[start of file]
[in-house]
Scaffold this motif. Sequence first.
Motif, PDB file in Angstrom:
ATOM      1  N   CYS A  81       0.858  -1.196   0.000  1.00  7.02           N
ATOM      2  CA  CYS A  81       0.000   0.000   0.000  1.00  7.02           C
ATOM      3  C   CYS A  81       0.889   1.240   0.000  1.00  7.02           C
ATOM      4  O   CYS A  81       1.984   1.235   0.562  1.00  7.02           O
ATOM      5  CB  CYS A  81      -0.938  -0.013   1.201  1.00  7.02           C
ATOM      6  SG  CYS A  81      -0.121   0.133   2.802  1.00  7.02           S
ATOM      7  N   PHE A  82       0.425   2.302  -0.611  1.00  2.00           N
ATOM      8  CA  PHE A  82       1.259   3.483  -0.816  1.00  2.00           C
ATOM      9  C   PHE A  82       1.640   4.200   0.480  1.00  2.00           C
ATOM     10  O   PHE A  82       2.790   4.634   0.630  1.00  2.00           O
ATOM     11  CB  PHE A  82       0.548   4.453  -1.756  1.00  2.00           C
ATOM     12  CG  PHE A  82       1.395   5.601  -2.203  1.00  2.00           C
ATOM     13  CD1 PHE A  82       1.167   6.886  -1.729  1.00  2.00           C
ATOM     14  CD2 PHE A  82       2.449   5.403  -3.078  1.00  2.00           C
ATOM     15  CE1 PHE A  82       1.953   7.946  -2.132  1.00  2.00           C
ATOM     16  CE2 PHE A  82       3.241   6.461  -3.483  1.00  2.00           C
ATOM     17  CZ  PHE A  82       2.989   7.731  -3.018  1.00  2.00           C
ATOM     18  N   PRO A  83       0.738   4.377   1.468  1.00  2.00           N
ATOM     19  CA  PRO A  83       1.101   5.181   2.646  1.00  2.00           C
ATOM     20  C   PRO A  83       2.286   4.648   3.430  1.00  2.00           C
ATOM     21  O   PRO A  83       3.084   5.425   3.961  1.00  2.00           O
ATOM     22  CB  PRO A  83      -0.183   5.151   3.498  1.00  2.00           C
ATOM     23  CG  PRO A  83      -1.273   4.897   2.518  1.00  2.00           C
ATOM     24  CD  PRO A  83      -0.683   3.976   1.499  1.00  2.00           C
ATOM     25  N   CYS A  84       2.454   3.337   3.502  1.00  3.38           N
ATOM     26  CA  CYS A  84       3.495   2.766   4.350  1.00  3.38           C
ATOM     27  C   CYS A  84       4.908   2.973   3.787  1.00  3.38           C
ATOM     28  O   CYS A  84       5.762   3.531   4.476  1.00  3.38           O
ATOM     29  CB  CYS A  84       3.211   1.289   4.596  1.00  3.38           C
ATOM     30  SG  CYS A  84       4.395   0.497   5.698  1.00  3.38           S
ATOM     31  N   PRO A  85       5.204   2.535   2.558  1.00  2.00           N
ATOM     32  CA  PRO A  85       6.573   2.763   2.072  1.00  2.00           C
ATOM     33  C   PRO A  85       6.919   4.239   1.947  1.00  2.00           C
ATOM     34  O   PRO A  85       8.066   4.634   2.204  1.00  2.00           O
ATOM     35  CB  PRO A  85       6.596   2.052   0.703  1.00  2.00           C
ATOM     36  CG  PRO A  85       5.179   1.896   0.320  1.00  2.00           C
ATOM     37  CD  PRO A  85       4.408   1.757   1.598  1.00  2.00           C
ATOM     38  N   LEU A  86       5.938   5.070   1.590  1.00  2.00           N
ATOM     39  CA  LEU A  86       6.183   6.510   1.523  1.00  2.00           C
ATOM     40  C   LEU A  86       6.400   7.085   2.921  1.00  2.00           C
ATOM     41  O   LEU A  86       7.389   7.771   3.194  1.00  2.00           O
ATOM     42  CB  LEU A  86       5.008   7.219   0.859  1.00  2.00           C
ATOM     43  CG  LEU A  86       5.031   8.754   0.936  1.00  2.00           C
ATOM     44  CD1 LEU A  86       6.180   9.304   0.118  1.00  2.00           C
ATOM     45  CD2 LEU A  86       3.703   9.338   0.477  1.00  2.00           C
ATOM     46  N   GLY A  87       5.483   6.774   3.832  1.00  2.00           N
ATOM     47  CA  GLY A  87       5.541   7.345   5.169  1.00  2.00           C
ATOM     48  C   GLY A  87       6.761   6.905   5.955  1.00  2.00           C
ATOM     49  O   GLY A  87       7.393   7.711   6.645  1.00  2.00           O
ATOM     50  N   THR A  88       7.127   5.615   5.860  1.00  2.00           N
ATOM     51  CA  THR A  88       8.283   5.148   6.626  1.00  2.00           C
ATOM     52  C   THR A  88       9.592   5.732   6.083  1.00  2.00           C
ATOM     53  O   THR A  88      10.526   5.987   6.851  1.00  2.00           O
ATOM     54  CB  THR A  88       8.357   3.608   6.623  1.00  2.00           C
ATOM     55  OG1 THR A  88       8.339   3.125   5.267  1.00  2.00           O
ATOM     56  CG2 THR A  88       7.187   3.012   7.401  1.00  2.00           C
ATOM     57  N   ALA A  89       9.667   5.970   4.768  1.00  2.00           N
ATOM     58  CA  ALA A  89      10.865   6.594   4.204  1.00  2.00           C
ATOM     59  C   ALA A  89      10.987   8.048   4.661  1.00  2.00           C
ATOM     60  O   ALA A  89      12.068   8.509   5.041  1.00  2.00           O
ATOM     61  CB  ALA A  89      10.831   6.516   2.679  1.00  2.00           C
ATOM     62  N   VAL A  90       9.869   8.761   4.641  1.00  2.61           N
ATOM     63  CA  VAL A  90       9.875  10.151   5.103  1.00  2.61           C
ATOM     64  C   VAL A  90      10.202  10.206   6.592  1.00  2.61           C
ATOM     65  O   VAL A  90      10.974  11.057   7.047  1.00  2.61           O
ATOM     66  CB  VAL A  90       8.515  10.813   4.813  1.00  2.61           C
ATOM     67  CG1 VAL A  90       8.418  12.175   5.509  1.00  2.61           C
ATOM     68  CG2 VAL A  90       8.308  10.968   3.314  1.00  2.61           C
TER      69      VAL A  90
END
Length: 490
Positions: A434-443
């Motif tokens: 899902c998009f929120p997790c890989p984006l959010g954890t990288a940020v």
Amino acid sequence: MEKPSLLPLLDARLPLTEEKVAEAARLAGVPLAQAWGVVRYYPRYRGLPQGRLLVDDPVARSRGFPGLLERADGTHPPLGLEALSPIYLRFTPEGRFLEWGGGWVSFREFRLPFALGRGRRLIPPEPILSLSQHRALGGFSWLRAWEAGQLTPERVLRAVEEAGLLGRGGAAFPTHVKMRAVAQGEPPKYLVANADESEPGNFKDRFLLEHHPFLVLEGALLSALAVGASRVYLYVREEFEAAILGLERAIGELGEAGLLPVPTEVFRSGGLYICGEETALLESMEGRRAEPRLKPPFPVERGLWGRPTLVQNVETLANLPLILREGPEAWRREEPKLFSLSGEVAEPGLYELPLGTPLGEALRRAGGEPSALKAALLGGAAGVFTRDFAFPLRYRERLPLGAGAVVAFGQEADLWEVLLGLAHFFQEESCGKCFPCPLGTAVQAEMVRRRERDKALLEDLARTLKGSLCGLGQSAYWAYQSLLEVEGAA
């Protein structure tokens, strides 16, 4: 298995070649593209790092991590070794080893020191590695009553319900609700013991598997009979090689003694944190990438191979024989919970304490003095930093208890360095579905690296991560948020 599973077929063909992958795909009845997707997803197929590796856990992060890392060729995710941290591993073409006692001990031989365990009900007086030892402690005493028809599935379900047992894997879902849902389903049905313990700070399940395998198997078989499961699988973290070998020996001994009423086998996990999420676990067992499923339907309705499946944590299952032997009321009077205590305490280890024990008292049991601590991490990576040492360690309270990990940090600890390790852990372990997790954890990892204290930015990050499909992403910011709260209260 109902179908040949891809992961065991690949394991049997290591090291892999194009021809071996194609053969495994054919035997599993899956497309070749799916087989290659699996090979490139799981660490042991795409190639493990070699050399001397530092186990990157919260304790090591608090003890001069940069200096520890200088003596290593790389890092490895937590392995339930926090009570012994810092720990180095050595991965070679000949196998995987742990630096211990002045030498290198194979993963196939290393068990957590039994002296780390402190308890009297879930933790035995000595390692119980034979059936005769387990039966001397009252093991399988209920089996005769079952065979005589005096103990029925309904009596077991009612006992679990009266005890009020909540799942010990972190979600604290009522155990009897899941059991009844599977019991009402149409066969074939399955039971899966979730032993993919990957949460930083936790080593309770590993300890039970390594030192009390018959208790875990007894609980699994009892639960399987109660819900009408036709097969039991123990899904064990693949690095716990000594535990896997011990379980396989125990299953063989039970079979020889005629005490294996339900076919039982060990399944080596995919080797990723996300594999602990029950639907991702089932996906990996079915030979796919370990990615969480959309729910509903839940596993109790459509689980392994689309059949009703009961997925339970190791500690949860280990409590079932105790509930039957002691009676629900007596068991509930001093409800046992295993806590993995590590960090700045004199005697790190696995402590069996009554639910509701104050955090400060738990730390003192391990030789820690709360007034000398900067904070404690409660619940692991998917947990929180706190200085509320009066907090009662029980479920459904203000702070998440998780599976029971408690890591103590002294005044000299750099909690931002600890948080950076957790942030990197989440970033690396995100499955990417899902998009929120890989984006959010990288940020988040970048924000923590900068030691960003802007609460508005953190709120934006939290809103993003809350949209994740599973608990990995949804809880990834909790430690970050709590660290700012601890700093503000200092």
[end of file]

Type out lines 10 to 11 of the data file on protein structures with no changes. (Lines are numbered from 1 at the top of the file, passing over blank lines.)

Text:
ATOM      7  N   PHE A  82       0.425   2.302  -0.611  1.00  2.00           N
ATOM      8  CA  PHE A  82       1.259   3.483  -0.816  1.00  2.00           C